Aššur-bāni-apli ( Neo-Assyrian , also Ashur-bani-apli , Assur-bani-apli , biblical Ashurbanipal ) was from October 27, 669 BC. BC to 631/627 BC King of the Assyrian Empire . His name means " Aššur is the creator of the heir son". From an Assyrian chronicle from the year 640 BC. It appears that Aššur-bāni-apli was the 83rd Assyrian king "after Erišum , son of Ilu-šuma ".
As the second-born son of Aššur-aḫḫe-iddinas , originally not intended as heir to the throne, Aššur-bāni-apli was appointed king- designate by his father, Aššur-aḫḫe-iddina , after Aššur-bāni-apli's grandmother Naqia was able to enforce her direct family line. Aššur-aḫḫe-iddina had already been selected as Crown Prince of Assyria with the help of Naqia, contrary to the usual ranking of Sîn-aḫḫe-eriba . While still crown prince he married Libbāli-šarrat .
Through his teacher Balasi , Aššur-bāni-apli as well as Sîn-aḫḫe-eriba and Aššur-aḫḫe-iddina enjoyed a careful literary education. He left an important library in Nineveh , which included didactic, literary, religious and astronomical texts. He had his residences adorned with splendid reliefs depicting war, hunting and everyday scenes from palace life.
Iškuza in mentions Aššur-bāni-apli
Aššur-bāni-apli reports around 665 BC. Chr. Of a locust-like invasion of barbarian destroyers, which devastated the country and used for their leader Dugdamme (according to Greek tradition Lygdamis ) the Assyrian insult Gutians . As early as 667 BC King Gyges asked for Assyrian help against the wandering Iškuzaia . Aššur-bāni-apli did not respond to the call for help and noted the capture of Gyges a short time later. In the further course Gyges must have succeeded in the reconquest, since between 666 BC. BC and 650 BC A victory over the Iškuzaia is reported.
Whether Aššur-bāni-apli was able to repel the attack of the Iškuzaia completely remains a matter of dispute. The oracle priest Akullanu titled around 657 BC. In a cuneiform tablet the Iškuzaia as Kiššutu . This name was otherwise used in connection with Assyrian kings, which would speak for a short-term rule.
After Gyges' death in 644 BC His son and successor Ardys II asked again for Assyrian help. It has not yet been clarified whether this time the request was obeyed. The written tradition for Tugdamme ends around 642 BC. With his death in Kilikien . His son and successor Sandakkurru (reading Sandakšatru also possible) is mentioned in a hymn to Šamaš around 640 BC. Called BC, in which Aššur-bāni-apli asks for a final victory over the Iškuzaia ; further evidence that the threat persisted in the years after Tugdamme.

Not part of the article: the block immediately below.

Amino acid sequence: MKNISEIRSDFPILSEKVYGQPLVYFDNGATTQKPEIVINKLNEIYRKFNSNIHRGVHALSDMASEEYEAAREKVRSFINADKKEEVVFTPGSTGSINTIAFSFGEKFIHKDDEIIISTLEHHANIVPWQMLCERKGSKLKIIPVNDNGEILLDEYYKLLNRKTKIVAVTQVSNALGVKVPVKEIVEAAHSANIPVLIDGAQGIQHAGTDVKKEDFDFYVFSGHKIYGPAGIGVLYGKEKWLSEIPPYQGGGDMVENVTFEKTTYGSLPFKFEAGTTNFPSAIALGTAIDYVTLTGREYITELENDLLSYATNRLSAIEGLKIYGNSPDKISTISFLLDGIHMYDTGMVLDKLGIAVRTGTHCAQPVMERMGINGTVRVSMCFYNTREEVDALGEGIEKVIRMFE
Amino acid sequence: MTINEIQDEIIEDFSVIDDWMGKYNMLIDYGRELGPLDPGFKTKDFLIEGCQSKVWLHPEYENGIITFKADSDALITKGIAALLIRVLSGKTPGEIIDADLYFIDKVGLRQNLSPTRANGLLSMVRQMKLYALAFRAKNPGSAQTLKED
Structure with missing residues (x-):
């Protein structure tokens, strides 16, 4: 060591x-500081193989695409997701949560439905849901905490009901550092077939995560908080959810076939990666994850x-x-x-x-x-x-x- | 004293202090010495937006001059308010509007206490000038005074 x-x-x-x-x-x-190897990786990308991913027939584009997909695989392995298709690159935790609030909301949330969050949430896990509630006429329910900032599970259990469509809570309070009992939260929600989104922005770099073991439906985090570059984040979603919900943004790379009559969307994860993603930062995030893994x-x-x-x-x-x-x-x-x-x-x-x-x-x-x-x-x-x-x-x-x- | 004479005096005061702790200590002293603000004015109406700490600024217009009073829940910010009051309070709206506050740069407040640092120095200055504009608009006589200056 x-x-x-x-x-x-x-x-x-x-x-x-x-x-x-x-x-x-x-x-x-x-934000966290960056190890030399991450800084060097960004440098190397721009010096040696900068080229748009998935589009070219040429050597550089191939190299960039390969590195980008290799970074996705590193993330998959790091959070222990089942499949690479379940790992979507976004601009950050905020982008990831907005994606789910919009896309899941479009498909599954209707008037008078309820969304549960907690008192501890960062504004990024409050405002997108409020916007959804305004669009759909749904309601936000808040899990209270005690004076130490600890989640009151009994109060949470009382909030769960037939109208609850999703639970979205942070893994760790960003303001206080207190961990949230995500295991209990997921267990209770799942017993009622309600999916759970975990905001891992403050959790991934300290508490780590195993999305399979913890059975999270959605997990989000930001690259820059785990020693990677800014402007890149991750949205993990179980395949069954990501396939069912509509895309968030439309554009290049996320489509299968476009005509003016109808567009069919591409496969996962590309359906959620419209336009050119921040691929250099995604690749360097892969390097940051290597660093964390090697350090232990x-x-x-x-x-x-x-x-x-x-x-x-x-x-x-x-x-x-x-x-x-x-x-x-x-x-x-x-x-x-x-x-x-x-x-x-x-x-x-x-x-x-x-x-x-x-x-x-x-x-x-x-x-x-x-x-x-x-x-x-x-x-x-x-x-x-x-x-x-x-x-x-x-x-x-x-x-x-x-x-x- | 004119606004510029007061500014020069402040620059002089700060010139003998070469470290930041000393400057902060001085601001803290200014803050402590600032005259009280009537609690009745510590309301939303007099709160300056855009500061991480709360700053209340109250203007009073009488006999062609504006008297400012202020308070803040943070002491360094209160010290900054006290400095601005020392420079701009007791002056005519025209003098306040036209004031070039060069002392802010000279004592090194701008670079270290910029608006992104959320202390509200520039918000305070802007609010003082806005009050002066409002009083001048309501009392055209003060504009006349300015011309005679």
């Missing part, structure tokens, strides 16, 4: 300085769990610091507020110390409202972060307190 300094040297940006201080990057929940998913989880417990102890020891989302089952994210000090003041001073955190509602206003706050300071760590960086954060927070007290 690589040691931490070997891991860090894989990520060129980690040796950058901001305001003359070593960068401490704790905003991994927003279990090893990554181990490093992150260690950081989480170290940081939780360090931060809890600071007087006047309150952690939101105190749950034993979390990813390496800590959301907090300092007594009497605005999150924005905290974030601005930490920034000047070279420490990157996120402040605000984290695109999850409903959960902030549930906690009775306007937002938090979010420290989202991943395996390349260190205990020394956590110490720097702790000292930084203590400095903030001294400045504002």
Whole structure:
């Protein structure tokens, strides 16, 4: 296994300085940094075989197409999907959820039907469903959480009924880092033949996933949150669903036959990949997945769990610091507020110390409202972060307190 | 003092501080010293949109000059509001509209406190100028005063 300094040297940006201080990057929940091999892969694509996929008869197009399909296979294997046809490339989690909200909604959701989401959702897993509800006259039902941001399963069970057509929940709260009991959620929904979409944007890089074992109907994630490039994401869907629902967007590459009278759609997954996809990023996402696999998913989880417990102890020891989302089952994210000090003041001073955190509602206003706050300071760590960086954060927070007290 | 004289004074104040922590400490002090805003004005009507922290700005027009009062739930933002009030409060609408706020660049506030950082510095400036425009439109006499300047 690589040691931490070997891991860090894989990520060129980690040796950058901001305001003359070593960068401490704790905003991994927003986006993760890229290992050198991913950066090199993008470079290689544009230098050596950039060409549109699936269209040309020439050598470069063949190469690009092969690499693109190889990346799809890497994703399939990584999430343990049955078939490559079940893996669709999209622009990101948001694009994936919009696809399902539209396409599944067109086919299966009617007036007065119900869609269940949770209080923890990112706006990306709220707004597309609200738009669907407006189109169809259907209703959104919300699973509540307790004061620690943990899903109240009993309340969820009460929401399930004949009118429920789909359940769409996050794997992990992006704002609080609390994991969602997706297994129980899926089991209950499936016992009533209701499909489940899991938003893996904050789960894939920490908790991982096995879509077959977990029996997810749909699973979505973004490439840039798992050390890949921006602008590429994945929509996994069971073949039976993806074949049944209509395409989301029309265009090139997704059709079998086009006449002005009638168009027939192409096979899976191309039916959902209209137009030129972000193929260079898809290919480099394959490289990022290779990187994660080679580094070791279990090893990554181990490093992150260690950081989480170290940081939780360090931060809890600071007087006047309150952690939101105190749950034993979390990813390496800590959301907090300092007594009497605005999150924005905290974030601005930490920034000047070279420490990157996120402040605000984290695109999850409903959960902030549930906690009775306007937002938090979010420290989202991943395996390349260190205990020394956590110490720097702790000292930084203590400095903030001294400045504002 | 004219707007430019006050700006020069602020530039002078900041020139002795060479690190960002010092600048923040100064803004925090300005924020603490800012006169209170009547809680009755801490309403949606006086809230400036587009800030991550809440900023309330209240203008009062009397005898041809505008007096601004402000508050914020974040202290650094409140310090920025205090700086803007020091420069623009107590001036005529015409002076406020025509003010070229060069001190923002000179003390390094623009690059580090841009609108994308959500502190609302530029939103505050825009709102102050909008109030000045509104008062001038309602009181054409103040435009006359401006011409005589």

His brother Šamaš-šuma-ukin became king of Babylon as determined by Aššur-aḫḫe-iddina . He rebelled with the support of the Aramaeans , Elamites and Arabs . 647 BC BC Aššur-bāni-apli subjugated Babylonia after four years of fighting. Šamaš-šuma-ukin burned in the ruins of his palace. This outrage against the religious heart of Mesopotamia is likely to have ultimately cost Aššur-bāni-apli his rule. Aššur-bāni-apli maintained friendly relations with Urartu ; he later became friends with the Scythians as well . After an uprising, he brought manna back under Assyrian control. After the conquest of Elam, around 636 BC. The news about his reign breaks off.
The large library he set up has rendered inestimable service to modern Assyriology, as the discovery of this clay tablet library in Kujundschik, a part of ancient Nineveh , provided Assyriology with the basis for its further expansion.
In all the cities of Babylonia and Assyria, Aššur-bāni-apli has developed a rich building activity. The most important are the expansion of an old and the construction of a new palace in Nineveh. The Greeks, to whom he was known under the name Sardanapal, he was considered the archetype of a revelers, which corresponds little to the historical facts.
- Richard Anthony Parker , Waldo H. Dubberstein: Babylonian Chronology 626 BC - AD 75 . Brown University Press, Rhode Island 1956
- Simo Parpola: Letters from Assyrian Scholars to the Kings Esarhaddon and Ashurbanipal. Part 1: Texts . Eisenbrauns, Winona Lake 2007 (Reprint 1970), ISBN 978-1-57506-137-5
- Maximilian Streck: Assurbanipal and the last Assyrian kings until the fall of Nineveh . Three parts, Leipzig 1916. Reprint Leipzig 1975
- Part 1: Introduction: The documentary material, chronology and history
- Part 2: Texts: The inscriptions of Ashurbanipal and the last Assyrian kings
- Part 3: Register: glossary, list of proper names, final addenda and minor corrections
- The Uruk tablet: Assurbanipal's reign
- JA Delaunay: Aššurbanipal . In: Ehsan Yarshater (ed.): Encyclopædia Iranica . Volume II, as of August 17, 2011 (English, including references)
- TUAT: (73 + 74) omen request from Assurbanipal about his brother ( Memento from August 1, 2013 in the Internet Archive )
- Ariel M. Bagg: Assurbanipal. In: Michaela Bauks, Klaus Koenen, Stefan Alkier (eds.): The scientific biblical dictionary on the Internet (WiBiLex), Stuttgart 2006 ff., Accessed on September 3, 2008.
- see dating according to the list of the Assyrian kings
- Simo Parpola: Letters from Assyrian Scholars to the Kings Esarhaddon and Ashurbanipal . P. 449.
- Minor Planet Circ. 30800
669–631 / 627 BC Chr.
King of Babylonia
669–668 BC Chr.
King of the Babylonian region of Nippur
647–631 / 627 BC Chr.
|BRIEF DESCRIPTION||Assyrian ruler|
|DATE OF BIRTH||8th century BC Chr.|
|DATE OF DEATH||between 631 BC BC and 627 BC Chr.|